Phone habits that may indicate anxiety

  • 2 Min To Read
  • 6 months ago

A cellphone can reveal a lot about a person, including their emotions. Therapists suggest that certain phone habits may indicate feelings of anxiety. Tasha Bailey, a psychotherapist and author, explains that when we're anxious, our body goes into fight or flight mode, and our attachment to our phones often triggers this response.

One common habit associated with anxiety is "doomscrolling," which refers to continuously scrolling through disturbing or worrying news. This behavior can exacerbate anxiety by flooding the mind with distressing thoughts. Excessive scrolling through seemingly "good" content can also be a sign of anxiety, as it serves as a distraction from real-life stressors.

Another phone habit linked to anxiety is searching troubling questions. Anxious individuals may have multiple tabs open, searching for answers or validation for their worries. This hypervigilance and overthinking can manifest in excessive Google searches related to health concerns or post-breakup recovery.

Using the phone as a means of avoiding social situations or work-related stress is another indicator of anxiety. Some individuals pretend to be busy on their phones to avoid real-life interactions or procrastinate on important tasks. An inability to detach from one's phone, even in situations like exercising or sleeping, can signal both anxiety and codependence.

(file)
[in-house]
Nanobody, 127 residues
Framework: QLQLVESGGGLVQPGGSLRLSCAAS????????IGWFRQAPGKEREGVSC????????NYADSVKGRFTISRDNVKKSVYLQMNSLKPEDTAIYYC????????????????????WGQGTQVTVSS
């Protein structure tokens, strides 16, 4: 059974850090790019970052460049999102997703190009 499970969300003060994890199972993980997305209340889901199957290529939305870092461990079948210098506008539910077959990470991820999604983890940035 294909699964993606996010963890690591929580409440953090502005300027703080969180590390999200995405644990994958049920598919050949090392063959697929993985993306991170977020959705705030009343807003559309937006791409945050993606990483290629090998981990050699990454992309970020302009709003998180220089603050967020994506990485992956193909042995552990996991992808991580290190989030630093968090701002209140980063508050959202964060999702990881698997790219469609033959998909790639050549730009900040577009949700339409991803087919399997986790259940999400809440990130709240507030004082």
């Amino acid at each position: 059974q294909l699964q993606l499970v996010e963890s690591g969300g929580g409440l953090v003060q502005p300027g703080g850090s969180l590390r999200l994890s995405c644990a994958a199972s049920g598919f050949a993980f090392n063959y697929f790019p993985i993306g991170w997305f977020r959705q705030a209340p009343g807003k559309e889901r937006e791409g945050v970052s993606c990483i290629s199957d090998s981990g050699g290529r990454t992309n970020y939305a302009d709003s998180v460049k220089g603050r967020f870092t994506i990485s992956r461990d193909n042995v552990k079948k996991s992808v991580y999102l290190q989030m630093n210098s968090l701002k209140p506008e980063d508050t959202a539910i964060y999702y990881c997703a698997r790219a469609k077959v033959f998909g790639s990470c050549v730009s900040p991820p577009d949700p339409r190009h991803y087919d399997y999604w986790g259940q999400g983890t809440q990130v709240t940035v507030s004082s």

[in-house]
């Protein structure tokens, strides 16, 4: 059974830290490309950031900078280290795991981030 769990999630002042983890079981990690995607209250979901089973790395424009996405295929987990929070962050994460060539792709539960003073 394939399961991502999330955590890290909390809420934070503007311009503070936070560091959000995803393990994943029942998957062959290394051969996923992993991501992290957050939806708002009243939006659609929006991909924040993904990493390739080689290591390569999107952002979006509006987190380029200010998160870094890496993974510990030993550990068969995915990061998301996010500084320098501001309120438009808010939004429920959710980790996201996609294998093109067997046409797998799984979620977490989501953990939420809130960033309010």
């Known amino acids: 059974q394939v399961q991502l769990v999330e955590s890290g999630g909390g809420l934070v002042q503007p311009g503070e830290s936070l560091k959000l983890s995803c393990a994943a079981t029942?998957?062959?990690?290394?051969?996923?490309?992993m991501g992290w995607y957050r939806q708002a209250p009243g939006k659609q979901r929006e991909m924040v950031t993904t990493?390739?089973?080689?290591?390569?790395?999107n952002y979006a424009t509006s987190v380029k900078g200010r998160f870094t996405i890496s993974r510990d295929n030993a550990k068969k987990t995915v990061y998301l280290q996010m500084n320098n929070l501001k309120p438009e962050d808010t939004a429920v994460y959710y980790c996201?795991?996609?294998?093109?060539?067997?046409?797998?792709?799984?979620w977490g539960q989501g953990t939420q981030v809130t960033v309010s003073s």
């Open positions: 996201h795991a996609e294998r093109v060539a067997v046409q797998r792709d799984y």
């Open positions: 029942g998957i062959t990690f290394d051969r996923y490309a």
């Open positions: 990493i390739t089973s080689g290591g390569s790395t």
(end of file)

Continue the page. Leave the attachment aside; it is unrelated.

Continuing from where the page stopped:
The need to reply to notifications immediately is another habit associated with anxiety. This behavior stems from the desire to avoid anxious feelings by constantly staying connected. Similarly, the avoidance of phone calls, a common trait among younger generations, can be a sign of anxiety and a lack of social confidence.

Feeling nervous or panicked when the phone is not working, except for safety reasons, may indicate an unhealthy attachment to the device. The constant need for contact with others can perpetuate anxiety. However, it is important not to shame oneself for these behaviors, as phones are designed to foster attachment.

To address anxiously attached phone use, individuals can try mindfulness techniques or establish clear boundaries. Creating physical barriers like putting a hair tie around the phone can increase mindfulness and reduce impulsive usage. Setting time limits for apps, silencing notifications, or even turning the phone off for designated periods can also help establish healthier phone habits.

In addition to managing phone use, taking care of overall mental health and practicing self-care is essential. This includes getting adequate rest, maintaining a healthy diet, and engaging in regular exercise. Mindfulness strategies such as meditation, journaling, and deep breathing can also help regulate the mind and body. Seeking support from a mental health professional is another valuable option, as they can provide guidance and assistance in managing anxiety.

Ultimately, recognizing and addressing anxiously attached phone habits is an important step towards improving mental well-being and finding a healthier balance in daily life.


More from Press Rundown